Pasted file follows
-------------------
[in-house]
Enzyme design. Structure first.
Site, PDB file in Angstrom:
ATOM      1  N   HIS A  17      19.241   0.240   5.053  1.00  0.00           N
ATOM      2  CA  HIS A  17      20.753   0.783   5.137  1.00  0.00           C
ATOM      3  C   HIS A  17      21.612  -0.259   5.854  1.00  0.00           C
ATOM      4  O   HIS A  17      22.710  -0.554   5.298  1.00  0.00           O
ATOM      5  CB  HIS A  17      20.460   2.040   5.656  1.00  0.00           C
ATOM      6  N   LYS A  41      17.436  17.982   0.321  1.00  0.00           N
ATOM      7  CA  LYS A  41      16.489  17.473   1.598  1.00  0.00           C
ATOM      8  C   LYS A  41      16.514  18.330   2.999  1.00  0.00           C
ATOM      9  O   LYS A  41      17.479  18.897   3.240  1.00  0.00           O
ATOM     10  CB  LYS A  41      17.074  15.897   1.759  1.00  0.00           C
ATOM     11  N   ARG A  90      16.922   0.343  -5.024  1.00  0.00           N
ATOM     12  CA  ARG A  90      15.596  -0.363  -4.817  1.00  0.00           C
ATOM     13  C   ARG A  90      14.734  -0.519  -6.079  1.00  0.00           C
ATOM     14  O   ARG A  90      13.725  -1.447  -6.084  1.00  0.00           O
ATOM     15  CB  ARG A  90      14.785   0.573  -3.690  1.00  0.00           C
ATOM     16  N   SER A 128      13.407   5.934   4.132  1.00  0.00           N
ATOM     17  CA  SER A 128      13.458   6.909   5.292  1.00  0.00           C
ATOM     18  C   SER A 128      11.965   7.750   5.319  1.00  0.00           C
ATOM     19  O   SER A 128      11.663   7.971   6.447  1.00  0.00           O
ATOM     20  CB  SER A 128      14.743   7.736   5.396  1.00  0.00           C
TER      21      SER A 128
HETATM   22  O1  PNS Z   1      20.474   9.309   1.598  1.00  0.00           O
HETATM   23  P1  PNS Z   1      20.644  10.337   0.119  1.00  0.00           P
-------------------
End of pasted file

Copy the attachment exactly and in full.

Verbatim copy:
[in-house]
Enzyme design. Structure first.
Site, PDB file in Angstrom:
ATOM      1  N   HIS A  17      19.241   0.240   5.053  1.00  0.00           N
ATOM      2  CA  HIS A  17      20.753   0.783   5.137  1.00  0.00           C
ATOM      3  C   HIS A  17      21.612  -0.259   5.854  1.00  0.00           C
ATOM      4  O   HIS A  17      22.710  -0.554   5.298  1.00  0.00           O
ATOM      5  CB  HIS A  17      20.460   2.040   5.656  1.00  0.00           C
ATOM      6  N   LYS A  41      17.436  17.982   0.321  1.00  0.00           N
ATOM      7  CA  LYS A  41      16.489  17.473   1.598  1.00  0.00           C
ATOM      8  C   LYS A  41      16.514  18.330   2.999  1.00  0.00           C
ATOM      9  O   LYS A  41      17.479  18.897   3.240  1.00  0.00           O
ATOM     10  CB  LYS A  41      17.074  15.897   1.759  1.00  0.00           C
ATOM     11  N   ARG A  90      16.922   0.343  -5.024  1.00  0.00           N
ATOM     12  CA  ARG A  90      15.596  -0.363  -4.817  1.00  0.00           C
ATOM     13  C   ARG A  90      14.734  -0.519  -6.079  1.00  0.00           C
ATOM     14  O   ARG A  90      13.725  -1.447  -6.084  1.00  0.00           O
ATOM     15  CB  ARG A  90      14.785   0.573  -3.690  1.00  0.00           C
ATOM     16  N   SER A 128      13.407   5.934   4.132  1.00  0.00           N
ATOM     17  CA  SER A 128      13.458   6.909   5.292  1.00  0.00           C
ATOM     18  C   SER A 128      11.965   7.750   5.319  1.00  0.00           C
ATOM     19  O   SER A 128      11.663   7.971   6.447  1.00  0.00           O
ATOM     20  CB  SER A 128      14.743   7.736   5.396  1.00  0.00           C
TER      21      SER A 128
HETATM   22  O1  PNS Z   1      20.474   9.309   1.598  1.00  0.00           O
HETATM   23  P1  PNS Z   1      20.644  10.337   0.119  1.00  0.00           P